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What's The Difference Between Polyurethane, Varnish, Shellac and Lacquer? (page 2 of 3)

These terms for a finish or top coat are often used interchangeably, but there is a big difference. Learn when and where to use the correct one.

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Varnish

The name of this finish often is used generically for a finish or top coat. It's very durable because it contains a higher ratio of solids. Spar varnish is perfect for outdoor projects and for raw wood used for exterior doors and trim on rustic homes. In addition to protecting the wood, it also provides natural ultraviolet light protection. Spar varnish is often used on items that will be near or on the water, like a wood boat, decks, beach chairs, etc. Apply using a natural-bristle brush.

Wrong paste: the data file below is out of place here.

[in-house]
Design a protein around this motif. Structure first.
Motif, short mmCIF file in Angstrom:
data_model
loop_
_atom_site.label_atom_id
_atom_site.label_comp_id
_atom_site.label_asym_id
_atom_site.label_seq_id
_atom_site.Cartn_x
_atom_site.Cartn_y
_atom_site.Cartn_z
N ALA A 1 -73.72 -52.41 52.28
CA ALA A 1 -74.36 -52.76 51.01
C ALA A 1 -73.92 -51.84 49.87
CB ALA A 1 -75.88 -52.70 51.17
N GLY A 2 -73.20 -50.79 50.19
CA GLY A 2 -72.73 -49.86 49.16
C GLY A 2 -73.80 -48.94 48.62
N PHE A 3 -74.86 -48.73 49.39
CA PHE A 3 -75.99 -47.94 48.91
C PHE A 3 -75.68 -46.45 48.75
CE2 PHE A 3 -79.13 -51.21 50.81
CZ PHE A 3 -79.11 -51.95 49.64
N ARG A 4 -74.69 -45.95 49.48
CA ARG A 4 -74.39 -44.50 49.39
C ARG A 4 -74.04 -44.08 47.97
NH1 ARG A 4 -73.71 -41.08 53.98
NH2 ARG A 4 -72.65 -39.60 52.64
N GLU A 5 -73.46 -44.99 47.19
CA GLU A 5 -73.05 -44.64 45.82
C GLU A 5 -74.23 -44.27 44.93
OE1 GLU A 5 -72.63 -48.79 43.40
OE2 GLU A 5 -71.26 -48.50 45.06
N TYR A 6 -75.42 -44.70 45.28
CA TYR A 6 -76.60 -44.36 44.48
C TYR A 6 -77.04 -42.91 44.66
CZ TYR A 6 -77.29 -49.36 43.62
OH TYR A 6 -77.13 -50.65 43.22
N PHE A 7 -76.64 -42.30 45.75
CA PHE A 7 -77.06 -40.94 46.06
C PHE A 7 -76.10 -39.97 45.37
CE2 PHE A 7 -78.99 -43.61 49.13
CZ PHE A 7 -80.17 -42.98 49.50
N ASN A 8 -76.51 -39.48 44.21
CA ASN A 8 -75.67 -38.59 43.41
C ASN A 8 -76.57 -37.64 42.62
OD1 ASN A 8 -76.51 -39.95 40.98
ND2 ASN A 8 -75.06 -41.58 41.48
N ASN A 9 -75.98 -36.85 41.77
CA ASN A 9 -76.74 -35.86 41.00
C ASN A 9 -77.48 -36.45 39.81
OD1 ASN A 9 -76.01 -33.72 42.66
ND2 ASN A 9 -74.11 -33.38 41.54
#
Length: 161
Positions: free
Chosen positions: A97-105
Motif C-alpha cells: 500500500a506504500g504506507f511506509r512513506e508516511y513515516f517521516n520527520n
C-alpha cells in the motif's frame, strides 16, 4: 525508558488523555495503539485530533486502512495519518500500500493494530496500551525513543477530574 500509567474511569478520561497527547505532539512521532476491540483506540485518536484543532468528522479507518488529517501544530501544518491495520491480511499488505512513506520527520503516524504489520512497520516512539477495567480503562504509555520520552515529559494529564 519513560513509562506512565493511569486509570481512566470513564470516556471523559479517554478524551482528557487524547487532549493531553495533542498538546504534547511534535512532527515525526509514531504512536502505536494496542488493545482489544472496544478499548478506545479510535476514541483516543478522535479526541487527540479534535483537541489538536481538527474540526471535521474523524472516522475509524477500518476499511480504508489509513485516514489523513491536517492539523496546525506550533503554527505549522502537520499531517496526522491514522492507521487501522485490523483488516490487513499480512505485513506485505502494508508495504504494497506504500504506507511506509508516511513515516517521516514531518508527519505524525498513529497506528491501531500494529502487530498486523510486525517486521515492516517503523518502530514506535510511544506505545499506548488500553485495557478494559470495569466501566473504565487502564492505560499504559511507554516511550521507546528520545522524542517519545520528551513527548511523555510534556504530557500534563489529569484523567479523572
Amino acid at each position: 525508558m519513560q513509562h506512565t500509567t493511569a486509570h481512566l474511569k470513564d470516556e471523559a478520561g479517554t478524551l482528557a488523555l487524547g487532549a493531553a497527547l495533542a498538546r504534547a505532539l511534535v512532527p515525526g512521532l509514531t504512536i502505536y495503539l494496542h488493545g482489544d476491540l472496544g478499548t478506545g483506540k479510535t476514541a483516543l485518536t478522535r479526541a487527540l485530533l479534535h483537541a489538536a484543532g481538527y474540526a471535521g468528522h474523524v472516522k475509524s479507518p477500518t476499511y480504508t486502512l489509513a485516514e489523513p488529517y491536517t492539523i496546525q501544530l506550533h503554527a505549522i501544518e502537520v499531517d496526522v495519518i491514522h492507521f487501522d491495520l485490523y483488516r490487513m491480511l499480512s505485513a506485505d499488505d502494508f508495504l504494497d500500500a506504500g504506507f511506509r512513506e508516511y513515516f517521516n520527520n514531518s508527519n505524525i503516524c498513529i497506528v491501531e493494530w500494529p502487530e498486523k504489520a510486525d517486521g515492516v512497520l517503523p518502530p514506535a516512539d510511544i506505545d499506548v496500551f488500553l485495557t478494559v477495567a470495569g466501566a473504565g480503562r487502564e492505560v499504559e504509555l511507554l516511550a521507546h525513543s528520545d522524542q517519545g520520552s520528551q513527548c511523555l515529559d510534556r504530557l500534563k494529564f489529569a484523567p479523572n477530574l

Lacquer

Lacquer provides the extremely intense gloss finish often used on many Asian-inspired or ultramodern furnishings. It is extremely durable and resistant to damage; however, over time it can begin to discolor and become scratched. Wonder why it's so smooth? It's applied via a sprayer, because it is more viscous (thinner) than the other finishes. You'll need a high-volume, low-presser (HVLP) sprayer and a well-ventilated and spacious workspace to apply it.

Other Finishes

Cutting boards and other wood items that come in contact with food do well with butcher-block oil and food-grade mineral oil. Wooden tool handles will hold up better with an annual rubdown with boiled linseed oil.

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